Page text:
Wood - dry and stable. I've made them out of pine stock stacked up and glued together, high grade plywood stacked and glued, solid pieces that are big enough, etc. Whatever you have works. It's a mug so unique and different are good. A good minimum for OD on the top is 3 5/8, or thicker if you like. If you make it really thin you can get it out of a stack of 1x4 scraps glued together but the top wall edge will be thin. I've done it but the top edge walls are really thin and can break or chip. Thick is OK, it's a mug sorta. Height - most of mine are about 4 3/4 tall so plan for a tenon and some waste to shape. A 6" high stock piece is plenty.

Finish - I'm a walnut oil finish guy but anything works really. Some cutting board oil, danish oil, up to you.

Process tips - drill a large hole first with a forstner bit all the way to the bottom. I use a 2 1/4" bit just to save time and set the bottom inside dia. You can pick one up on amazon for a few bucks, not expensive and saves a lot of hogging out time. If you don't have one just drill the biggest hole you can to give you some room to work. The hole is deep so will need large easy wood tools or be careful setting your tool rest inside the cup as you clear out material or you'll over extend the smaller tools and fight it. Don't sweat making the inside a perfect fit to the guide or paper cup. Clean and even look nice and as long as the cup doesn't wiggle around and sits snug who cares that it doesn't touch all the sides. Better if it doesn't actually. The critical area to watch is the top lip. Guide should be just a grunt (TN tech term) below the lip. Test a cup from time to time, or a few since they are not a precision item, and you'll get a sense for how snug it feels. I sometimes shape the outside last. Mugs can be tapered, straight, fat, curve out, etc. Up to you. Just make sure you can easily pick it up to use it.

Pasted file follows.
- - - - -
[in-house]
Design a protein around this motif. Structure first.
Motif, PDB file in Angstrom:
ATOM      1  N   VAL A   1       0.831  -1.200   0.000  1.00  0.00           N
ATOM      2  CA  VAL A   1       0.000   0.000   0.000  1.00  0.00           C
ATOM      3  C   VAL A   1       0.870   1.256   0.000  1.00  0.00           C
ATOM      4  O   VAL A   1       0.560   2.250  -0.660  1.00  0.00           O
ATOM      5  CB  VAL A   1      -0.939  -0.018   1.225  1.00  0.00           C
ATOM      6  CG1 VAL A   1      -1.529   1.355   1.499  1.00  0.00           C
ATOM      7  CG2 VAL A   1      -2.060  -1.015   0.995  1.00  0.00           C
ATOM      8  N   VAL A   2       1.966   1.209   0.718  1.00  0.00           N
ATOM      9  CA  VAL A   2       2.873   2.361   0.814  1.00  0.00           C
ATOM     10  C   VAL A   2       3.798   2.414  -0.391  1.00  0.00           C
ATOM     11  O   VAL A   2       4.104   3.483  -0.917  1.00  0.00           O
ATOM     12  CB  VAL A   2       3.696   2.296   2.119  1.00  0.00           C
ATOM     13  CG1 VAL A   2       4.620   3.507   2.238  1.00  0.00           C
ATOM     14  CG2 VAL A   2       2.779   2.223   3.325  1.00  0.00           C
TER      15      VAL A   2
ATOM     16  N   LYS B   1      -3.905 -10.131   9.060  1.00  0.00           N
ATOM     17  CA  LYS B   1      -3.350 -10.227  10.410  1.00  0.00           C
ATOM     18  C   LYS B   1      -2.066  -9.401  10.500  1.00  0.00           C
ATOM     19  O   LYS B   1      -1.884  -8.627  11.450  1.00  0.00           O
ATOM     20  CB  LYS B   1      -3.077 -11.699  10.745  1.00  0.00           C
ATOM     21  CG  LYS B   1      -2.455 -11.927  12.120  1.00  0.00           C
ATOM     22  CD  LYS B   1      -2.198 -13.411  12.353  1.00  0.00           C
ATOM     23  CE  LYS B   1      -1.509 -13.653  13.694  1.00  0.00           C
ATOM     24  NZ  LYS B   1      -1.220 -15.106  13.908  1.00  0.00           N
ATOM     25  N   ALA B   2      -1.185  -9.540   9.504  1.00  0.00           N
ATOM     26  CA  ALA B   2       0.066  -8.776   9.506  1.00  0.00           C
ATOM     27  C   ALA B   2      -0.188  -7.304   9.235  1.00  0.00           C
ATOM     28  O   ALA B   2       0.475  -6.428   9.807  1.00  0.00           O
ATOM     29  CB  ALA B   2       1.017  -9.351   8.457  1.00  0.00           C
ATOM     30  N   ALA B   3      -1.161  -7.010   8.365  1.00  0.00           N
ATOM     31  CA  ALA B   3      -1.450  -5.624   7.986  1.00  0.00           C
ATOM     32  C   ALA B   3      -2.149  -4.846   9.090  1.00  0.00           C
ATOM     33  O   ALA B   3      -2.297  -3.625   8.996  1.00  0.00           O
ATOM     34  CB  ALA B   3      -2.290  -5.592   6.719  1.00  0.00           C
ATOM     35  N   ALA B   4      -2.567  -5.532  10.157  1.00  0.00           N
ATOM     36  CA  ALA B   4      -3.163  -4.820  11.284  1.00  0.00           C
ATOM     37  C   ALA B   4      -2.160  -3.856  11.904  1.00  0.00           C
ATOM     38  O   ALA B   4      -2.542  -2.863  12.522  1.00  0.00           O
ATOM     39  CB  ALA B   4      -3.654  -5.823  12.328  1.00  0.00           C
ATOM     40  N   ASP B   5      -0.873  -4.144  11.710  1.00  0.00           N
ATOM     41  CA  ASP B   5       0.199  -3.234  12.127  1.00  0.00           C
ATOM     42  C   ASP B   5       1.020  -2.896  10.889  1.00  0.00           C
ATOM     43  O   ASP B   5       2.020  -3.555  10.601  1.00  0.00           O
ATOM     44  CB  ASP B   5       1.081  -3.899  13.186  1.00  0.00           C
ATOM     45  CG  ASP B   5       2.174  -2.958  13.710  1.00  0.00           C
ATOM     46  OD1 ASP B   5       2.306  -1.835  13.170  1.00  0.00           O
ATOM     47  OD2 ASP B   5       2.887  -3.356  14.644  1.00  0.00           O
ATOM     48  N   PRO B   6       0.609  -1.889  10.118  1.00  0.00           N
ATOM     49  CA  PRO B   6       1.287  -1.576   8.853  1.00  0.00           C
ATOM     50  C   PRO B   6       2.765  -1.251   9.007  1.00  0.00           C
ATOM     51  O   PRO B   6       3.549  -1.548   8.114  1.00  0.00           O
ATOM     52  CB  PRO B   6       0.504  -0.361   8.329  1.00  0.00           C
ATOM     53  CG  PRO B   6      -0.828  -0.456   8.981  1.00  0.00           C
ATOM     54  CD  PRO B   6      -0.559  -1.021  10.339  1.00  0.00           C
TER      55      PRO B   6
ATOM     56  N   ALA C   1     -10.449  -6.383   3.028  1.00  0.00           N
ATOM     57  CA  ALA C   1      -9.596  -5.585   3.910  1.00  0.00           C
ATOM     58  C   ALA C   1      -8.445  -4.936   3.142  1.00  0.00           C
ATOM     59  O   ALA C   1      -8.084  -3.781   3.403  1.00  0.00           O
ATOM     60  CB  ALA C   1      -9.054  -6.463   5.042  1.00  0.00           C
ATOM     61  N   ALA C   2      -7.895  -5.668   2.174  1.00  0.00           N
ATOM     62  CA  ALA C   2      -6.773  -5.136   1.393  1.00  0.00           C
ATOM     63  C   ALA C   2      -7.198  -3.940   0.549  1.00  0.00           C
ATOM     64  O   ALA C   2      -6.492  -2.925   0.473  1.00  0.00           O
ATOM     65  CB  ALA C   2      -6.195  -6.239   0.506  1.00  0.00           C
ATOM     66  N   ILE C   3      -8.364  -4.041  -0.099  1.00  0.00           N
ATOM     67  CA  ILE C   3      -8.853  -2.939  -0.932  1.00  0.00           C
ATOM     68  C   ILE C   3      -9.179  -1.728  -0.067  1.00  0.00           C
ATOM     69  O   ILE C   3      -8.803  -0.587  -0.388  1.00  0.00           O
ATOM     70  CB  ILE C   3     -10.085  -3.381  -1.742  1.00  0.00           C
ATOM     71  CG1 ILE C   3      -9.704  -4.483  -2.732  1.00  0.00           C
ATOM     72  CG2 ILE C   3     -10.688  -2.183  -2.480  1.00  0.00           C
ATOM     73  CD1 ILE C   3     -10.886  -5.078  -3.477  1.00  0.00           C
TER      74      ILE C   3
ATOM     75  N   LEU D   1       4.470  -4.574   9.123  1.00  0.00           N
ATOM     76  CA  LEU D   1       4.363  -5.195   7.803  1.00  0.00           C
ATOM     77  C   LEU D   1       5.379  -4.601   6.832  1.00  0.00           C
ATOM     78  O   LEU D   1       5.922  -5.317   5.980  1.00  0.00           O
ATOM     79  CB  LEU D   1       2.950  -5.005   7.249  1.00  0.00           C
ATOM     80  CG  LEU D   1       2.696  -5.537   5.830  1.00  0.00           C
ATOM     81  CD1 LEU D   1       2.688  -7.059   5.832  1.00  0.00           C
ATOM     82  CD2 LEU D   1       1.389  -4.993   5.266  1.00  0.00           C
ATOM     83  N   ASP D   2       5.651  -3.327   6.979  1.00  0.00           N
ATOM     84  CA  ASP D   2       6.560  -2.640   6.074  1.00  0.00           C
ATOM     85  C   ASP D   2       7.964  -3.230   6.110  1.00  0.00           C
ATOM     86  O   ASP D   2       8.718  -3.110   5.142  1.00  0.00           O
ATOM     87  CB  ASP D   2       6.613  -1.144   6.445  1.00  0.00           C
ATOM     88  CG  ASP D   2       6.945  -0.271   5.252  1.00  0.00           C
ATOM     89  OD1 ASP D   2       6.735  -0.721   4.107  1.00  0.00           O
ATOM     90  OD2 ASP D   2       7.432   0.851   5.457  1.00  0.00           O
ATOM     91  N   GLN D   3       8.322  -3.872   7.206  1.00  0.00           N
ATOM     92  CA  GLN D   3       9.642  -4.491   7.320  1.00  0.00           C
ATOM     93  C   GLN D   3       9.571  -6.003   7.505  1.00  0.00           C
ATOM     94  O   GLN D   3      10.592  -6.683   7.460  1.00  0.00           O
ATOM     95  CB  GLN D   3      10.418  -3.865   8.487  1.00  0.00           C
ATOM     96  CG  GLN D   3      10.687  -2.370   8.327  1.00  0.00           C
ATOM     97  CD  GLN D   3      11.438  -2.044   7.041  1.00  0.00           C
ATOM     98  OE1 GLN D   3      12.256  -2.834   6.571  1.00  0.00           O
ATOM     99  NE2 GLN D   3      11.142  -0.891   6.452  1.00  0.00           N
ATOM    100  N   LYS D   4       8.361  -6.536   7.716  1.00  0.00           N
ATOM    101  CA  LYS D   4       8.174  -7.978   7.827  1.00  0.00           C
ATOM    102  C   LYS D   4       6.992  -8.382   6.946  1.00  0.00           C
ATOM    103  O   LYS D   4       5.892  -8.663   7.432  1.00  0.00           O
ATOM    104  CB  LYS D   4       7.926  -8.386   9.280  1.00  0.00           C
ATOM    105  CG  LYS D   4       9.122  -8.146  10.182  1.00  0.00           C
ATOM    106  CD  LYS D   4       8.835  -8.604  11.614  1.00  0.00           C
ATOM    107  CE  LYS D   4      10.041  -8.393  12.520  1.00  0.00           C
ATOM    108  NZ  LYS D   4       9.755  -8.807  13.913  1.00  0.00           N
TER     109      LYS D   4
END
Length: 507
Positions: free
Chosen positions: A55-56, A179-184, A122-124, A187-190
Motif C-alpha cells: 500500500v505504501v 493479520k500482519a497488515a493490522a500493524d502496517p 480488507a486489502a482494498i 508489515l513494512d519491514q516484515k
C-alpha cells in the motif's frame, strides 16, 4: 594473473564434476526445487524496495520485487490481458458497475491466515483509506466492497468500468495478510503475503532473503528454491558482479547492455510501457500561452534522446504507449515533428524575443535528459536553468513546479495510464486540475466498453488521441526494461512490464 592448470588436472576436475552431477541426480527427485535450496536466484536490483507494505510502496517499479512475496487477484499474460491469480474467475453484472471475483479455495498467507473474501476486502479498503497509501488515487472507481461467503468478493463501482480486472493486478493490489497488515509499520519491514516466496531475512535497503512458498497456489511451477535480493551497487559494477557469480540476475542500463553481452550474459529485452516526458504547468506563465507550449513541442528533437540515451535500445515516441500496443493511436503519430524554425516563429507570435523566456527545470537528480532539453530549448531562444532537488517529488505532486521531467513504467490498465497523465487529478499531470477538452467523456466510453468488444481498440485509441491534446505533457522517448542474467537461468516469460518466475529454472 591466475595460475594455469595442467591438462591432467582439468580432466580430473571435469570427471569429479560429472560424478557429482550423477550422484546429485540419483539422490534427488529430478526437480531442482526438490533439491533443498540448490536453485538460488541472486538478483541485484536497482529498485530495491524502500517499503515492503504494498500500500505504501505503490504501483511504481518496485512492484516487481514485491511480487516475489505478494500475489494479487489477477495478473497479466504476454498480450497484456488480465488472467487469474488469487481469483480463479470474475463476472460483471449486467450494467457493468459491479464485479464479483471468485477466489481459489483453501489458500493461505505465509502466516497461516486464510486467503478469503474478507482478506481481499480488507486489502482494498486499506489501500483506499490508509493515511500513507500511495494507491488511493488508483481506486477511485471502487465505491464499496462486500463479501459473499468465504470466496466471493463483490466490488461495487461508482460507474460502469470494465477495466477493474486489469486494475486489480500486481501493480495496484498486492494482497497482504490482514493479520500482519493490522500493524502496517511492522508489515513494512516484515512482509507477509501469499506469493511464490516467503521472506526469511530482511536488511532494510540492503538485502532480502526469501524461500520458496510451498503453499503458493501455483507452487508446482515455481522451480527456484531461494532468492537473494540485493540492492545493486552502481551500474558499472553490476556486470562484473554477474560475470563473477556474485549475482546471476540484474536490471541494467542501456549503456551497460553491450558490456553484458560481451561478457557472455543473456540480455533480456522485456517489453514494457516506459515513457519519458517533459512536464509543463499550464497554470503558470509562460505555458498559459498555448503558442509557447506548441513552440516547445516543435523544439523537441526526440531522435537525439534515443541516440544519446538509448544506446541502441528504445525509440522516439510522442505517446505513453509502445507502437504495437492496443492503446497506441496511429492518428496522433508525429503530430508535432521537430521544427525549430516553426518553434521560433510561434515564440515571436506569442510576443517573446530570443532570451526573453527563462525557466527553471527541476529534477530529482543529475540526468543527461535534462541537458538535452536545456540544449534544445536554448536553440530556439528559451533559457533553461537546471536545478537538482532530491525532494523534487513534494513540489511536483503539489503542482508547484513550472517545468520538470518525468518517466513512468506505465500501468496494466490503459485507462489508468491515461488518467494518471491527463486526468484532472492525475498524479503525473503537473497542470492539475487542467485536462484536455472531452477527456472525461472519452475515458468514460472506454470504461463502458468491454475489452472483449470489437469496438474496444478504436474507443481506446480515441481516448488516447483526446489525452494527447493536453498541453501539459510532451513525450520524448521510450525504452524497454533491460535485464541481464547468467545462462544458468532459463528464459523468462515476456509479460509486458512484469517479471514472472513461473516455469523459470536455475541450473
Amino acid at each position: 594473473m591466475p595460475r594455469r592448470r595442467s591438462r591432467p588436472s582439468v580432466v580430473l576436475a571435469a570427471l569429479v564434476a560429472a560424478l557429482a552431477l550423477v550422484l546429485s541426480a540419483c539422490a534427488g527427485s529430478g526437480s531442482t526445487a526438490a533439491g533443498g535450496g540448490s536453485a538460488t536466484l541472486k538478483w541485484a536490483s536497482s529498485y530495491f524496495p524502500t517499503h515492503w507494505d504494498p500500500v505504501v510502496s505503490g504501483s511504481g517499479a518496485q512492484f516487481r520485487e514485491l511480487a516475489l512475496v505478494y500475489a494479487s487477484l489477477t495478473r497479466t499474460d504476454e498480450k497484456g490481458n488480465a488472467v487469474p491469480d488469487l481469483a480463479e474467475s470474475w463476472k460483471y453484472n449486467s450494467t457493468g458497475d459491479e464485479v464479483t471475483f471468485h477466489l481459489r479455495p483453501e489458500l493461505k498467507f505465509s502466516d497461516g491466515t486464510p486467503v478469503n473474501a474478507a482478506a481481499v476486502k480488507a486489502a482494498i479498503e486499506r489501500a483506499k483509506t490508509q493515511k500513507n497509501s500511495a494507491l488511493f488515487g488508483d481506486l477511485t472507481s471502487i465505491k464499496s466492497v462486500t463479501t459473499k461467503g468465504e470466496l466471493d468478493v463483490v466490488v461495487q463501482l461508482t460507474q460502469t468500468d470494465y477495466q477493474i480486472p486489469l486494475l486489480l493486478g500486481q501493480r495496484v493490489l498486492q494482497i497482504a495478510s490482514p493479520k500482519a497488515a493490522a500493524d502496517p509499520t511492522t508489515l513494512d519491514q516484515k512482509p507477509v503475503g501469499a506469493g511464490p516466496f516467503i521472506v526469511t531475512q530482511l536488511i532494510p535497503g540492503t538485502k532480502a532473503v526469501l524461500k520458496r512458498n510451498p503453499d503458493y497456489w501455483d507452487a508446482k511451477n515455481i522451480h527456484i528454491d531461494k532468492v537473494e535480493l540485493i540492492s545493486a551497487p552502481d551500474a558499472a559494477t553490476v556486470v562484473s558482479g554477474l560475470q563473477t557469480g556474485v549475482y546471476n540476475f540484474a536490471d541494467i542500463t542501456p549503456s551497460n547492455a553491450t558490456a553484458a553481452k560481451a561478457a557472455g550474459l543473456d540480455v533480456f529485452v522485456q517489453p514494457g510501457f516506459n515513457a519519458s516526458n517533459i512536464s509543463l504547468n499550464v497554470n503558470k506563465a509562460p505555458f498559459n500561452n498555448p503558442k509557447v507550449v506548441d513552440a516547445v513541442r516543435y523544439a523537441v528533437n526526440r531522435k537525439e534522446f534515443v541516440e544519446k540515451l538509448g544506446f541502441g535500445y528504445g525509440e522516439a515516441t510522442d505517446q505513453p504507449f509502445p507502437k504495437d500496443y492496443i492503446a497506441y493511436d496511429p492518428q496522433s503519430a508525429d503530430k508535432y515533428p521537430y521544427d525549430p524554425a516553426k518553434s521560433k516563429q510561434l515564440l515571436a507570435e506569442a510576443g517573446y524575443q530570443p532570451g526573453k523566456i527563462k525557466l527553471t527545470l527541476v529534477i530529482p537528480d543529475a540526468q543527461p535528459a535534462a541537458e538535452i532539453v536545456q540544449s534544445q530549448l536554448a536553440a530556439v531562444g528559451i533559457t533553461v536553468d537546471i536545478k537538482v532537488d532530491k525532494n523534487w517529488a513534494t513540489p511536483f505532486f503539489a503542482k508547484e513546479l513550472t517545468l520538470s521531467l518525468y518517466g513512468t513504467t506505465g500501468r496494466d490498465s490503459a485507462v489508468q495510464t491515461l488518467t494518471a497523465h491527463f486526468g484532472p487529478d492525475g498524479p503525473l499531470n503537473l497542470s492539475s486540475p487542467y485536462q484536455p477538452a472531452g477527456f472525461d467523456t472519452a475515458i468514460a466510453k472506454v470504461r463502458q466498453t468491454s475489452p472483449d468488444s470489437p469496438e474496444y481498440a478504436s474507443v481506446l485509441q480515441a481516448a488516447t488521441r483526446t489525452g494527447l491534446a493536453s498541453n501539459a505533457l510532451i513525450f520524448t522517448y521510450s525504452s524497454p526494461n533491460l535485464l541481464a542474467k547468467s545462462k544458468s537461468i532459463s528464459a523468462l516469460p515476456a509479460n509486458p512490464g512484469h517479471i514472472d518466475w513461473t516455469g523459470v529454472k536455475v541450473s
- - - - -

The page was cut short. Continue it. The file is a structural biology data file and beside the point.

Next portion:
Tools - you're fine and it's what I use to make them. I started with the small set of easy wood tools and still use them. I have the big set and use them as well. Handy to have for certain tasks and you can go a long way with them. You can tilt the round cutter a few degrees counterclockwise to clean up inside wall cuts and use the square one to clean up the inside bottom rim/edge as needed. I leave the pin hole in the bottom from the forstner bit most often. Not worth dealing with.

Let me know if I can help along the way.

Stacked plywood. It's what I'm using this morning. I have three I keep handy. Plywood can work but it's hit or miss and needs to be very good grade.
 

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Joined
Nov 11, 2021
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Location
Auburn, AL
Thanks Randy for the excellent advice and quick reply. You have taught me some new things.
I'm trying to learn all I can from this forum, YouTube, and other sites that I find. I've done "straight line" hobby woodwork, CNC router work, cabinet making, etc. for a long time, but always wanted to get into turning. Wish I had done it a long time ago.
I had not thought of using stacked plywood - what a great idea. I might mix that with the ton of regular cutoff/scrap pieces I have.
I'll play some this weekend and see what happens.
Best wishes,
Glynn